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Silencing disease genes in the laboratory and the clinic

Silencing disease genes in the laboratory and the clinic
Silencing disease genes in the laboratory and the clinic
Synthetic nucleic acids are commonly used laboratory tools for modulating gene expression and have the potential to be widely used in the clinic. Progress towards nucleic acid drugs, however, has been slow and many challenges remain to be overcome before their full impact on patient care can be understood. Antisense oligonucleotides (ASOs) and small interfering RNAs (siRNAs) are the two most widely used strategies for silencing gene expression. We first describe these two approaches and contrast their relative strengths and weaknesses for laboratory applications. We then review the choices faced during development of clinical candidates and the current state of clinical trials. Attitudes towards clinical development of nucleic acid silencing strategies have repeatedly swung from optimism to depression during the past 20 years. Our goal is to provide the information needed to design robust studies with oligonucleotides, making use of the strengths of each oligonucleotide technology.
antisense oligonucleotides, siRNA, mRNA, gene silencing, therapeutics
365-379
Watts, Jonathan K.
c4de85ee-aaa3-4e7d-99b3-147a4de4f01c
Corey, David R.
ce328d93-1c07-4ab0-952c-da300f6738f9
Watts, Jonathan K.
c4de85ee-aaa3-4e7d-99b3-147a4de4f01c
Corey, David R.
ce328d93-1c07-4ab0-952c-da300f6738f9

Watts, Jonathan K. and Corey, David R. (2012) Silencing disease genes in the laboratory and the clinic. [in special issue: The Cell Biology of Disease] The Journal of Pathology, 226 (2), 365-379. (doi:10.1002/path.2993). (PMID:22069063)

Record type: Article

Abstract

Synthetic nucleic acids are commonly used laboratory tools for modulating gene expression and have the potential to be widely used in the clinic. Progress towards nucleic acid drugs, however, has been slow and many challenges remain to be overcome before their full impact on patient care can be understood. Antisense oligonucleotides (ASOs) and small interfering RNAs (siRNAs) are the two most widely used strategies for silencing gene expression. We first describe these two approaches and contrast their relative strengths and weaknesses for laboratory applications. We then review the choices faced during development of clinical candidates and the current state of clinical trials. Attitudes towards clinical development of nucleic acid silencing strategies have repeatedly swung from optimism to depression during the past 20 years. Our goal is to provide the information needed to design robust studies with oligonucleotides, making use of the strengths of each oligonucleotide technology.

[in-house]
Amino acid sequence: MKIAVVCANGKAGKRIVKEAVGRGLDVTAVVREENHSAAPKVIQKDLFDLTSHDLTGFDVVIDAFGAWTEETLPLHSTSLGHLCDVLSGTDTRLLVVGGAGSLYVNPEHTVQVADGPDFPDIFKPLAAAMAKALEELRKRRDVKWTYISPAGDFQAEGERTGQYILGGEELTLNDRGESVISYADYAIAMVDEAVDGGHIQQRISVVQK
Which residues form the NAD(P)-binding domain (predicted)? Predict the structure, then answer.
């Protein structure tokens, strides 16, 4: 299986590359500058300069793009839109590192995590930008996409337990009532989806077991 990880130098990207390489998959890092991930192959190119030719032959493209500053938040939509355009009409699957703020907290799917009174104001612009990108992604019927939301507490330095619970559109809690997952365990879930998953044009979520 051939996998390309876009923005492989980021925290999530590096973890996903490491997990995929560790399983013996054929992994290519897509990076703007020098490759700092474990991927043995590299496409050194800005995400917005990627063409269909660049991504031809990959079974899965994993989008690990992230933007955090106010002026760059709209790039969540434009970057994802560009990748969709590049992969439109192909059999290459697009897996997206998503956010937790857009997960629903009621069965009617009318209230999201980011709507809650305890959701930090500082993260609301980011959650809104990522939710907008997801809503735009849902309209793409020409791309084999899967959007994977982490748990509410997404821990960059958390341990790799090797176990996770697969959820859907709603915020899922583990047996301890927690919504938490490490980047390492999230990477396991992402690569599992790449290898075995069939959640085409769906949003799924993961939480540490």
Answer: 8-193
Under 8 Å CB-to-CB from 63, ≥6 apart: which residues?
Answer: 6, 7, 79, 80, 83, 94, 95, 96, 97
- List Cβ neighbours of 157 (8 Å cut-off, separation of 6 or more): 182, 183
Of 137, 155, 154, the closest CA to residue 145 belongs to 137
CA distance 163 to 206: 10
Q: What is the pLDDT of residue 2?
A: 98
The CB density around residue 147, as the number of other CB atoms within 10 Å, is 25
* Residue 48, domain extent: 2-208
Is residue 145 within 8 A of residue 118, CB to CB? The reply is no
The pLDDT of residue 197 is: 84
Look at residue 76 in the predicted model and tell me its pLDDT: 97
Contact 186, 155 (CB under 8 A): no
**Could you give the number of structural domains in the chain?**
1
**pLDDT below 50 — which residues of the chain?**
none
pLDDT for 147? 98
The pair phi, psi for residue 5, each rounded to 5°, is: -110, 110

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e-pub ahead of print date: 9 November 2011
Published date: January 2012
Keywords: antisense oligonucleotides, siRNA, mRNA, gene silencing, therapeutics
Organisations: Chemistry

Identifiers

Local EPrints ID: 340221
URI: http://eprints.soton.ac.uk/id/eprint/340221
PURE UUID: 7786da71-feea-4542-8e2d-d0c5efcc749c

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Date deposited: 15 Jun 2012 12:31
Last modified: 16 Dec 2019 20:38

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Contributors

Author: Jonathan K. Watts
Author: David R. Corey

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